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Blog Profile / China Journal -

Filed Under:Local Interest / China
Posts on Regator:8537
Posts / Week:27.9
Archived Since:December 12, 2008

Blog Post Archive

Health Organization Decries China’s ‘Tobacco Hope Primary School’

What’s the best way to ensure that China’s elementary schools aren’t sponsored by tobacco companies? Ban tobacco advertising, the World Health Organization says.

Busted: China Bans Naughty Celebrities from TV, Big Screen

China’s regulators are attempting to do something that would likely never be possible in Hollywood—wipe stars who commit drug and sex offenses from the big screen.

U.S. Business Group Calls on China to Quicken Pace of Reforms

China’s pledge to let the market play a decisive role in the economy is compelling, but there’s been little progress so far in turning this goal into reality, according to a U.S.-based business group.

Oops! Chinese App Publishes Videos of Users’ Naked Charades

Charades has always been a game of interpersonal interaction. But for some who have played an electronic version touted on Alibaba’s chat service, the interaction might have been a little more interpersonal than they had bargained f...

Xi’s Remarks on GMO Signal Caution

Recently published remarks by President Xi Jinping on genetically modified food have renewed debate on whether China should be more accepting of GMO crops. But scientists and analysts say Mr. Xi’s comments are more a reiteration of Beijing’s cautious embrace of biotechnology than a signal for looser GMO restrictions.

Wood May Be Key to Low Death Toll in China Earthquake

When the earth rumbled just before bedtime in China’s Yunnan province on Tuesday and authorities set their highest-level emergency alert, many braced for heavy casualties. But two days later, the official death toll from the magnitude 6.6 quake in Jinggu County stood at just one person.

Picture China: Blood Moon, Yunnan Earthquake, Shaolin Cultural Festival

The day's China news in pictures: The "blood moon" is seen in the sky, quake victims take temporary shelter in tents, the head of China's Shaolin Temple attends a cultural festival in London and more.

Joshua Wong on Dwindling Hong Kong Crowds: Protesters Will Come Back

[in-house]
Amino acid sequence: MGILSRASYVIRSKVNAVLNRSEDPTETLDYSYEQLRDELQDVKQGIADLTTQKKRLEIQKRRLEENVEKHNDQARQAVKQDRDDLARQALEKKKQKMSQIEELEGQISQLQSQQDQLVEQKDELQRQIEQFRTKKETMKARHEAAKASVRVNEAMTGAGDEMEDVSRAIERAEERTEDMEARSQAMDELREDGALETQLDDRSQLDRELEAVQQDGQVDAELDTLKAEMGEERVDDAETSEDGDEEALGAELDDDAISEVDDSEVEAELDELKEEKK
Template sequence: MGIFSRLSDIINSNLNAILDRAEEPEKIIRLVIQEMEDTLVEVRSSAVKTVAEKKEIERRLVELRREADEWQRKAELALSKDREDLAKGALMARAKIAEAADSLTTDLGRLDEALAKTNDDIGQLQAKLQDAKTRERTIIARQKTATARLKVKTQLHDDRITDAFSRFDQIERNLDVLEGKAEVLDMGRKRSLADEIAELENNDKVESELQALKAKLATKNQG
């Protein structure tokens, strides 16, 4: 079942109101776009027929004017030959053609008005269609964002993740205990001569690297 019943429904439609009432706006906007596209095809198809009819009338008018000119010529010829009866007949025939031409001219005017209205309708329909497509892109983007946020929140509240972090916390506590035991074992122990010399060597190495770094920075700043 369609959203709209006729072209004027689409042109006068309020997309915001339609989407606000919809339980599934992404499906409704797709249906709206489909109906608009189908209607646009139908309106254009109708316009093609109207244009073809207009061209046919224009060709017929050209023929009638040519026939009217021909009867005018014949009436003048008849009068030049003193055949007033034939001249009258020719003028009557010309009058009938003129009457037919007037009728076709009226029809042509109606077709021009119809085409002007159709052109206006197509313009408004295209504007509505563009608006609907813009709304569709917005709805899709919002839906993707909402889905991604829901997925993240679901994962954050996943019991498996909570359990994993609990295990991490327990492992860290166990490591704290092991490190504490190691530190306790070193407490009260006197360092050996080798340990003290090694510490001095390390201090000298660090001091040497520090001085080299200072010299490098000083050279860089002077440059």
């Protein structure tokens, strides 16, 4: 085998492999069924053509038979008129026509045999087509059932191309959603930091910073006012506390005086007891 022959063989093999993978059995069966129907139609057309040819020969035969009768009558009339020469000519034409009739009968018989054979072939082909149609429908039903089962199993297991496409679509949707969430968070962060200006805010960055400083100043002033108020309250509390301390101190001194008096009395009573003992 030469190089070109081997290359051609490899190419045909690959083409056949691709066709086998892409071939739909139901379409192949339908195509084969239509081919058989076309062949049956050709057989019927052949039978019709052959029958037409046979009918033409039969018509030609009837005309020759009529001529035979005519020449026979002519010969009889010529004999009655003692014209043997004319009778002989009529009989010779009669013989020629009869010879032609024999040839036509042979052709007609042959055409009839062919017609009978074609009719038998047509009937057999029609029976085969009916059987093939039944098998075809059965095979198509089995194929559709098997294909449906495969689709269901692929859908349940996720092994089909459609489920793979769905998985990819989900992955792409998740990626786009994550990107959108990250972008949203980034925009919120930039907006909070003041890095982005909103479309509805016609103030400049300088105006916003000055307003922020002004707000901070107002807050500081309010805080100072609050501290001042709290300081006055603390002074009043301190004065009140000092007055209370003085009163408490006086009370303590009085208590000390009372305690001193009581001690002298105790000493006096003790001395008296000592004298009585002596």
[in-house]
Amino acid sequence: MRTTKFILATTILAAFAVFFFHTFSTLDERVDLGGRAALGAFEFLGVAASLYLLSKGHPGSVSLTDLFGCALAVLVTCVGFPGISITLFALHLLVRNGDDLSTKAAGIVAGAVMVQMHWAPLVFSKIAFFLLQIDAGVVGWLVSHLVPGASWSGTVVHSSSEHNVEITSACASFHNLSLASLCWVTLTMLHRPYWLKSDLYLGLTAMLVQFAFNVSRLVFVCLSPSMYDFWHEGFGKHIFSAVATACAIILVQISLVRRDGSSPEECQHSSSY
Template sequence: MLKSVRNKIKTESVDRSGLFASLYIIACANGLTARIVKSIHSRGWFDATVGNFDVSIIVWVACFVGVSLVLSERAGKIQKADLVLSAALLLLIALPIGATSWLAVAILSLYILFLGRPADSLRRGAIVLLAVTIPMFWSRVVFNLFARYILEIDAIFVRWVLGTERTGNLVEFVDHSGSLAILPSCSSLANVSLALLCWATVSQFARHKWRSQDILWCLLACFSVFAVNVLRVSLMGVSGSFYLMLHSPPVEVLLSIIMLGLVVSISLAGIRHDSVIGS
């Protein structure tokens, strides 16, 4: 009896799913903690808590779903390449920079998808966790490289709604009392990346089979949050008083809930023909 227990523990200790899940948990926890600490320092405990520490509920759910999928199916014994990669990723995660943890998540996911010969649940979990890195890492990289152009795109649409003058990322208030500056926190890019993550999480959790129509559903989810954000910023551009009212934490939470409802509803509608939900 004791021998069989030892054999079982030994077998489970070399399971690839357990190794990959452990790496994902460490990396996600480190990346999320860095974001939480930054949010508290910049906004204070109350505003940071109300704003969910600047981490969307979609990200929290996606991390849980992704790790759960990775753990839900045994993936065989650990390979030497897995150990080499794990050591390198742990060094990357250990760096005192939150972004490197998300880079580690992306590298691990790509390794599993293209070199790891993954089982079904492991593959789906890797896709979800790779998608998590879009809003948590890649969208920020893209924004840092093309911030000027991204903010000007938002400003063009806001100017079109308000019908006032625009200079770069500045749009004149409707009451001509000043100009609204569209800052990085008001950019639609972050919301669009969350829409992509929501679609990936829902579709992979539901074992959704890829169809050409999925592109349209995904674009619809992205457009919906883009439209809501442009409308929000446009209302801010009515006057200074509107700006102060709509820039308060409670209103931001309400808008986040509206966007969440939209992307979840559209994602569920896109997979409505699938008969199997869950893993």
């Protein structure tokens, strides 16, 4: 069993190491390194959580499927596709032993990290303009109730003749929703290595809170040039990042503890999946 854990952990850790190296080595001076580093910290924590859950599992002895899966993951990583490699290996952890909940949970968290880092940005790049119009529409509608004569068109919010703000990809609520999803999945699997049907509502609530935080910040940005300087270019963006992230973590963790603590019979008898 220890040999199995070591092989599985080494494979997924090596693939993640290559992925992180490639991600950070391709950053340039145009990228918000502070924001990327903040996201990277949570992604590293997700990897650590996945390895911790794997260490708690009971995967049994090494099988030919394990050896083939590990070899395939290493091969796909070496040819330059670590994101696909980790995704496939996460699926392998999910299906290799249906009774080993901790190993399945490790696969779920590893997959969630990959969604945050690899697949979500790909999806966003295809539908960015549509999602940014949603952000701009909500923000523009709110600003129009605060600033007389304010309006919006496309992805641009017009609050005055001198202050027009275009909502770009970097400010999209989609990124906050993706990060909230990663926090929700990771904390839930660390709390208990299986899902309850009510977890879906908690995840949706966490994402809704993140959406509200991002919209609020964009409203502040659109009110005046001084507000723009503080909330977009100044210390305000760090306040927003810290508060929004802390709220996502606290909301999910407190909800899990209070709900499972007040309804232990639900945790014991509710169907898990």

Joshua Wong should be in school, but for the last 20 days, he has spent more time on the streets and the police precinct than in a classroom.

China’s ‘Mass Line’ Tally: 25% Fewer Meetings, 160,000 ‘Phantom’ Officials Erased

As with advertising, it’s difficult to measure the success of an ideological political campaign. But now, a fresh set of benchmarks tallies the impact of Xi Jinping’s 15-month- effort to renew public confidence in the Chinese Communist Party.

Hong Kong Protests Derail China’s Dream of Reunification With Taiwan

For modern Chinese leaders, no mission carries more patriotic importance than realizing the dream of “One China.

From Farmhouse to Fiji: Where Corrupt Chinese Officials Hide Out

The disappearance in July of the 52-year-old vice mayor of Henan’s Luoyang city set off a manhunt for one of China’s most senior disappeared officials in recent years. Yet when he was caught earlier this week, he wasn’t living the high life. Police found him only two provinces to the south, sitting on a bed in a rental apartment clad in pajamas.

Picture China: Yunnan Earthquake, Gymnastics Championships, Holidays End

The day's China news in pictures: Rescue team members line up for work in earthquake-hit Yunnan province, dancers perform during the opening ceremony of the Gymnastics World Championships, passengers return home on the final day of the weeklong National Day holiday and more.

To Stamp Out Pollution and Corruption, China Could Start With Legal Reform

The campaigns against pollution and corruption should be clearly linked whenever possible to the current emphasis on raising the influence of the judicial system.

After Protests, What’s Next for Hong Kong?

Student protest leaders and government officials agreed to begin formal negotiations after more than a week of sit-ins calling for greater democracy—a mass movement that marked the biggest fissure in this city’s political landscape in a decade.

Chinese Can Borrow Money for Down Payments on Homes

One of China’s biggest financial firms is offering to lend money to home buyers for down payments, part of a trend that could help the housing market but has prompted worry about risks to the financial system.

Scuffle at University of Hong Kong Highlights Tensions

Hong Kong's civil-disobedience movement might have lost some steam but an assault on a Western university instructor by a China supporter Monday indicates that the underlying tension over Beijing's influence in the city continues to simmer.

How Hong Kong’s Chief Executive Is Trying to Make a Deal With Protesters

The man who governs Hong Kong is holed up in his official residence—a former British governor’s mansion—with fruit served by stewards as he pursues a negotiated solution to protests gripping the city.

Hong Kong Worker Sees Little Reason to Abandon Protests

Kevin Ko, a 32-year-old insurance agent, reluctantly went back into work on Monday, “sleepy, tired and with a pair of heavy legs,” he said. “I’m in the office, but my mind is still in Causeway Bay.”

A Hong Kong Protest Run on Fumes and Instant Noodles

More than 12 hours spent at the protests’ nerve center Sunday and into the wee hours Monday revealed a makeshift campaign running on scraps of raw energy and instant noodles.

The View on Protests From Old Hong Kong

As Hong Kong’s young protesters want far more say in the city’s fate, the older generation remembers having a lot less. Follow columnist Andrew Browne on a walk around his childhood neighborhood.

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